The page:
A level maths, economics, computer science and further maths Watch

Fufuyo
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I'm deciding to take a level maths, economics, computer science and further maths (as I believe further maths is basically essential for a CS/finance/Econ related degree in the top Russel group unis). However, I'm still not sure if I have made the right choice as im not sure if I will be able to cope with 4 a levels or am competent enough for further maths. I got a 9 in computer science, maths, physics and chemistry in gcse. Is this a good choice of subjects?
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Fufuyo
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(Original post by Fufuyo)
I'm deciding to take a level maths, economics, computer science and further maths (as I believe further maths is basically essential for a CS/finance/Econ related degree in the top Russel group unis). However, I'm still not sure if I have made the right choice as im not sure if I will be able to cope with 4 a levels or am competent enough for further maths. I got a 9 in computer science, maths, physics and chemistry in gcse. Is this a good choice of subjects?
Also note to take further maths I need to take it as a 4th a level in my sixth form
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Sinnoh
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(Original post by Fufuyo)
Also note to take further maths I need to take it as a 4th a level in my sixth form
I think 4 A-levels is doable if it includes further maths. Studying for maths + further maths is less work than studying for two completely different subjects. Because if you can do integration in further maths (of which there is a lot) you can breeze through integration problems in single - just as an example.
And yeah with CS and economics some universities do prefer you to have further maths. LSE's econ course in particular is heavily maths-based, and if you were to apply to Imperial for computing you'd have to take STEP too.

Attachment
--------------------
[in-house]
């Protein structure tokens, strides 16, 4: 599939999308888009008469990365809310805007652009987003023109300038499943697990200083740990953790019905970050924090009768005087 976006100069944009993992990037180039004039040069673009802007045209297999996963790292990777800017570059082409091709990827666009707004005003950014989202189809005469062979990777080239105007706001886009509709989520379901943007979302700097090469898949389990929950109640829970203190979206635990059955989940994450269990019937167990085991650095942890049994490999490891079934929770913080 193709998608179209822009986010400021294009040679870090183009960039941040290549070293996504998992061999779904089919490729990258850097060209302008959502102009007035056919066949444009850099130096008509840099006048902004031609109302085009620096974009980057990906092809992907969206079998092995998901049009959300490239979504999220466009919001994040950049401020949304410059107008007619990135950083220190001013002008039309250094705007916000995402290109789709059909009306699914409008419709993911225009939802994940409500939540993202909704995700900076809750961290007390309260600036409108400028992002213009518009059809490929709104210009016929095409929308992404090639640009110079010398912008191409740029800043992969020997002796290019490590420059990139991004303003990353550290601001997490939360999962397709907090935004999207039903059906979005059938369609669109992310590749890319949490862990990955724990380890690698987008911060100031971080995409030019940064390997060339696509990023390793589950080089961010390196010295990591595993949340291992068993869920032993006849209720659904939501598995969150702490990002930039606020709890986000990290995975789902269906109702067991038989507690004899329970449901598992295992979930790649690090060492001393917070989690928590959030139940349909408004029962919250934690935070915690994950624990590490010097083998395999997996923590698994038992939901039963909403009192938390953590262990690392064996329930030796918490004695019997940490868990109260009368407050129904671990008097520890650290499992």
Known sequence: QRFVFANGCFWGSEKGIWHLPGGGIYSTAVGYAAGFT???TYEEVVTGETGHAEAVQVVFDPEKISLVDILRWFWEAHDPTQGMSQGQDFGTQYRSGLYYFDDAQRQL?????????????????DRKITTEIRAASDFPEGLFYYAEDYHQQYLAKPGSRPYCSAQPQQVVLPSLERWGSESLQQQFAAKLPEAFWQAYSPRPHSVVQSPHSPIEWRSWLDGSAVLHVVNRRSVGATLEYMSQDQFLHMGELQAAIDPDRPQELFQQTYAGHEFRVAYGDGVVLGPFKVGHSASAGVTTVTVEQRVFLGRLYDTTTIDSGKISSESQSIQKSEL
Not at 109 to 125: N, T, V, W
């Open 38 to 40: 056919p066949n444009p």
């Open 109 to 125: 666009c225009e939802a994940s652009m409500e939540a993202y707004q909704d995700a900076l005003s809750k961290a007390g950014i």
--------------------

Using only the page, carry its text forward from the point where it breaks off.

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Fufuyo
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(Original post by Sinnoh)
I think 4 A-levels is doable if it includes further maths. Studying for maths + further maths is less work than studying for two completely different subjects. Because if you can do integration in further maths (of which there is a lot) you can breeze through integration problems in single - just as an example.
And yeah with CS and economics some universities do prefer you to have further maths. LSE's econ course in particular is heavily maths-based, and if you were to apply to Imperial for computing you'd have to take STEP too.
Thanks, I really needed to hear that! Also what is STEP? And did u take further maths at a levels?
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Sinnoh
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(Original post by Fufuyo)
Thanks, I really needed to hear that! Also what is STEP? And did u take further maths at a levels?
STEP (Sixth Term Examination Paper) is a series of maths exams (usually you only take two of them) taken around the same time as A-levels. Universities may include it as part of a conditional offer for maths-based courses - e.g. Warwick's standard offer for maths is A*A*A* but if you were to take STEP it would be A*A*A + a grade 1 in STEP. However only Cambridge and Imperial include STEP requirements in their typical offers, and I think Imperial is the only one that requires STEP for straight computing.

I did take further maths. The way my school taught it, we covered all of A-level maths in year 12 and then all of further maths in year 13 but we sat both subjects this year. So in the exam season I barely did any revision for single maths because it wasn't necessary at that point - I was focusing on further. Hence why it was less work than two distinct subjects.
The hardest part about the further maths exams for me was trying to not make basic numerical mistakes because every paper I was pressed for time and wouldn't have time to check. It's not too difficult to learn how to tackle the questions, what does take a lot of practice is being able to get any question right first time.
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